Now, he was bullied by others--twin boys who rejected anyone new-- and nothing was ever done about it.

He was taught "bathroom humor" by another boy and then blamed for teaching it to him.

He was humiliated to the point of tears about a shirt he wore to school one day and told he couldn't enter the classroom with it on (it was from the local science museum and had bones on it).

He was made to feel even worse about accidentally squishing a slug he had found--he was already crying about it, but the teacher scolded him anyway and asked me if maybe he was watching too much TV at home.

We were treated to a ridiculous and condescending lecture about the dangers of modern medicine when a few of the kids came down with pertussis and scarlet fever and their parents were considerate enough to let everyone know that they were on antibiotics. It was a university and hospital community; every one of the parents was probably more educated than the teachers, yet the teachers took it upon themselves to try to tell us how to care for our sick kids.

So...yeah. I would say you were lucky to have this experience so you can move on.
post #25 of 45
Quote:
"Okay, since you've communicated your disappointments, you're obviously not interested in our school."
Ouch! I wonder how a school could survive with someone like that in charge?

I hope you find a school that is a fantastic fit for your family.
post #26 of 45
My son attended Waldorf preschool and while we decided it wasn't for us and didn't continue, we certainly did NOT have an experience like that. How awful.

I would most certainly be turned off by that school, but just know that not all Waldorf schools are like that.

Sorry that happened.
post #27 of 45
Quote:
Originally Posted by Super Pickle View Post
Or maybe ...... he was just smart and ready for an environment where he could actually learn something, as opposed to being expected to play pretend every minute with children younger than him. Being bright on top of being the oldest child in a class is a recipe for disaster...the kid gets bored to death and resents being put in that situation day after day. My son never bullied anyone, but when we made the unfortunate decision to put him in a Waldorf preschool for a few months when he was 5, he didn't participate and hated circle time. The following year he entered public K and has had not one problem since (he just finished 2nd). He's in the gifted program, is friends with everyone, and is loved by his teachers. He is truly the "golden child" yet was pegged a "problem" in our short 4-month stint in Waldorf because he didn't participate with enthusiasm.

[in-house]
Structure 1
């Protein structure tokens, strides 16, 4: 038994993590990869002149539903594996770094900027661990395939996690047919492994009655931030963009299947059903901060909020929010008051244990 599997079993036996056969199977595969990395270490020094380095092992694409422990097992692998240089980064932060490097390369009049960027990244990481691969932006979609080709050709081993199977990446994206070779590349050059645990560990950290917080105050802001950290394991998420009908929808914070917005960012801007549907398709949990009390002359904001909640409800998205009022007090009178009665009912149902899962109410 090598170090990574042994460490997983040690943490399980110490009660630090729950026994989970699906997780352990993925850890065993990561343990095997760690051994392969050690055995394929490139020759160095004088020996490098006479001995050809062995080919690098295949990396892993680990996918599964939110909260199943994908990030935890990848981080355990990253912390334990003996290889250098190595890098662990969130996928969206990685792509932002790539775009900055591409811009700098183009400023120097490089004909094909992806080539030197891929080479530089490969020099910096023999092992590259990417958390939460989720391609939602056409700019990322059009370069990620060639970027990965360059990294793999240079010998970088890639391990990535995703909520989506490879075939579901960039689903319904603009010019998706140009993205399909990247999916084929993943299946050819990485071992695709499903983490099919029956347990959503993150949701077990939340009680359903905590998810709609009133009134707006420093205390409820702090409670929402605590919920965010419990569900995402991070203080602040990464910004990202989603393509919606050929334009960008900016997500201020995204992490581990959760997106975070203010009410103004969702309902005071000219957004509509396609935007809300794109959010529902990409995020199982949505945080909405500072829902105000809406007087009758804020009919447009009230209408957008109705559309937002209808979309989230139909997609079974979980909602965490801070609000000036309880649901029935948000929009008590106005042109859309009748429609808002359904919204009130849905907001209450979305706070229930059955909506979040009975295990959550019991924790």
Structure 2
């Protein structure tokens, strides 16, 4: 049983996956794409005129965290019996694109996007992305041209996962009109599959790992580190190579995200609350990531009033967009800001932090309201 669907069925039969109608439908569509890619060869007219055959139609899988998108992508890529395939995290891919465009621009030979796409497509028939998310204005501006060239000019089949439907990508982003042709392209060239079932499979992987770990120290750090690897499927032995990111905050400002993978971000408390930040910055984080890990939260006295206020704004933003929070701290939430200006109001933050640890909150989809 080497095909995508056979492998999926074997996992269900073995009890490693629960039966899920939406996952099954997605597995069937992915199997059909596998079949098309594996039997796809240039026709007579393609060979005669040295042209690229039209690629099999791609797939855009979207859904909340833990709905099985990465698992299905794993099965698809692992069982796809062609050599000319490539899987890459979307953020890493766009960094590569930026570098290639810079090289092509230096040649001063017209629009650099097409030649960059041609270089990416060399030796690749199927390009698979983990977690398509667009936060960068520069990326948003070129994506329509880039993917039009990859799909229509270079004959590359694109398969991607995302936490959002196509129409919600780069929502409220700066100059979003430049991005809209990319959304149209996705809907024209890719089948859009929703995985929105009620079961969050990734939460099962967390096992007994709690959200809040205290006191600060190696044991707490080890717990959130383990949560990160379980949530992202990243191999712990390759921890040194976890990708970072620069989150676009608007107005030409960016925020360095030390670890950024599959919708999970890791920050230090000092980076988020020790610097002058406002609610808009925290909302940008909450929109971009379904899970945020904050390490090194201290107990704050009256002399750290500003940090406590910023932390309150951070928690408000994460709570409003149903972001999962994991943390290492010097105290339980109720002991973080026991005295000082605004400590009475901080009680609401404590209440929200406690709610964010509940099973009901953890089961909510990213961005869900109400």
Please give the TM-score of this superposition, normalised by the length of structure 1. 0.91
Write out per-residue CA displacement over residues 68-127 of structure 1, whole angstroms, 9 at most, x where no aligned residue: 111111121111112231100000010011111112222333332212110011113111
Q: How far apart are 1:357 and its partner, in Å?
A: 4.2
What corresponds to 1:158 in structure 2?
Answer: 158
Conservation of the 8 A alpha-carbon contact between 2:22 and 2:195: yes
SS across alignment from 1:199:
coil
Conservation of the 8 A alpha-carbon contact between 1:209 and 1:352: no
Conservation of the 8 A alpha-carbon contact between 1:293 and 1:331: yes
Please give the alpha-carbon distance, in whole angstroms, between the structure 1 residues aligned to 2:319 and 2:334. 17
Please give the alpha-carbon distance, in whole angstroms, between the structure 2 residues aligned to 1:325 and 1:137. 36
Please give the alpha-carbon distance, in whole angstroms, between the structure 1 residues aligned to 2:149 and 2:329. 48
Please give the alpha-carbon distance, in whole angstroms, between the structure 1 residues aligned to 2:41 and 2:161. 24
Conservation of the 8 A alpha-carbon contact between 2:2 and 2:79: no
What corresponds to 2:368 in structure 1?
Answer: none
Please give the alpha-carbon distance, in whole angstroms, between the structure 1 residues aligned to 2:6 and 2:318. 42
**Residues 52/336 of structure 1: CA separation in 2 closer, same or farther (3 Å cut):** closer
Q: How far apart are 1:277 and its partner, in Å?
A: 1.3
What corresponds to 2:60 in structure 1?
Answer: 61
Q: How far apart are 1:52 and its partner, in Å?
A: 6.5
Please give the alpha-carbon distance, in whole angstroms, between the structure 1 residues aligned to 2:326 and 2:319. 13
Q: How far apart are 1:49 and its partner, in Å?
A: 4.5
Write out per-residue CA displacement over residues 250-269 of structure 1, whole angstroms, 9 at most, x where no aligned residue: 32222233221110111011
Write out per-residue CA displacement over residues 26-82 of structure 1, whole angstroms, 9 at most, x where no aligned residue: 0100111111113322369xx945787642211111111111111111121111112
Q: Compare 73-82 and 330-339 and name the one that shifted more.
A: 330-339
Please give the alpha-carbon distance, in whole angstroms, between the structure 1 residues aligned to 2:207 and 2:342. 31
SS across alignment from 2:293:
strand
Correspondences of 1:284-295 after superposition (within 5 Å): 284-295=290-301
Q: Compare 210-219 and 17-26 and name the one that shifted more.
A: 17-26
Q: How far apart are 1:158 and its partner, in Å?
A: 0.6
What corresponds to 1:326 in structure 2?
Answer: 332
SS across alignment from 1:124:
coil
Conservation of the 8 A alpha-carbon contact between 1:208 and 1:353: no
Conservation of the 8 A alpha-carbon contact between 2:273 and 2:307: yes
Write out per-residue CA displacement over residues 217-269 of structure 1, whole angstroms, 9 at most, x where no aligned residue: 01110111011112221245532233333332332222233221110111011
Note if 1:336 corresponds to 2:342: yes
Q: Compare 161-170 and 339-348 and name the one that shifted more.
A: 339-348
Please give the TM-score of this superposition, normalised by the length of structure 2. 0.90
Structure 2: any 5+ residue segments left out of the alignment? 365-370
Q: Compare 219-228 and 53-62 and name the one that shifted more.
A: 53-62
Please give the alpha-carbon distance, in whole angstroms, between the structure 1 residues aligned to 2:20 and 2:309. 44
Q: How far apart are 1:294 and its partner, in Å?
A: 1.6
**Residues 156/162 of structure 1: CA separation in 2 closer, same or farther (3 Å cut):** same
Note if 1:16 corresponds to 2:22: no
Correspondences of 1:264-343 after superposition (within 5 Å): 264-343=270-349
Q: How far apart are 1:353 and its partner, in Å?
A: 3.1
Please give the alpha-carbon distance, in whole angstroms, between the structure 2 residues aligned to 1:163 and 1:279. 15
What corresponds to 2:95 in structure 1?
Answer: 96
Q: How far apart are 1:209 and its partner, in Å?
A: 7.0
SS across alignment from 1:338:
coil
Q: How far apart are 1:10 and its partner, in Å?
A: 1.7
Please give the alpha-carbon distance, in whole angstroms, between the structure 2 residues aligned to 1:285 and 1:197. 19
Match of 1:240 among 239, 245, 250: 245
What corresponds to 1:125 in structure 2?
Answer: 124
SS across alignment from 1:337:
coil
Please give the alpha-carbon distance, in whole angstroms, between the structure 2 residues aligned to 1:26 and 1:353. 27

This is exactly why I had to decide Waldorf was not for ds. He is very bright and at 3 was nearly reading on his own - he did one year of Waldorf Nursery and the teachers were amazed at how he learned the story they told daily for a month in less than A WEEK. Yep, he was bored stiff the entire rest of the month. I visited Kindy and knew it just wasn't right for him - we are doing public school and it's a much, much better fit. They keep him challenged which includes advanced reading (something he deeply enjoys) - and in Waldorf I don't think he would even be learning to read yet. It's certainly not for everyone.
post #28 of 45
Thread Starter 
Quote:
Originally Posted by Super Pickle View Post
Or maybe ...... he was just smart and ready for an environment where he could actually learn something, as opposed to being expected to play pretend every minute with children younger than him. Being bright on top of being the oldest child in a class is a recipe for disaster...the kid gets bored to death and resents being put in that situation day after day. My son never bullied anyone, but when we made the unfortunate decision to put him in a Waldorf preschool for a few months when he was 5, he didn't participate and hated circle time. The following year he entered public K and has had not one problem since (he just finished 2nd). He's in the gifted program, is friends with everyone, and is loved by his teachers. He is truly the "golden child" yet was pegged a "problem" in our short 4-month stint in Waldorf because he didn't participate with enthusiasm.

Now, he was bullied by others--twin boys who rejected anyone new-- and nothing was ever done about it.

He was taught "bathroom humor" by another boy and then blamed for teaching it to him.

He was humiliated to the point of tears about a shirt he wore to school one day and told he couldn't enter the classroom with it on (it was from the local science museum and had bones on it).

He was made to feel even worse about accidentally squishing a slug he had found--he was already crying about it, but the teacher scolded him anyway and asked me if maybe he was watching too much TV at home.

We were treated to a ridiculous and condescending lecture about the dangers of modern medicine when a few of the kids came down with pertussis and scarlet fever and their parents were considerate enough to let everyone know that they were on antibiotics. It was a university and hospital community; every one of the parents was probably more educated than the teachers, yet the teachers took it upon themselves to try to tell us how to care for our sick kids.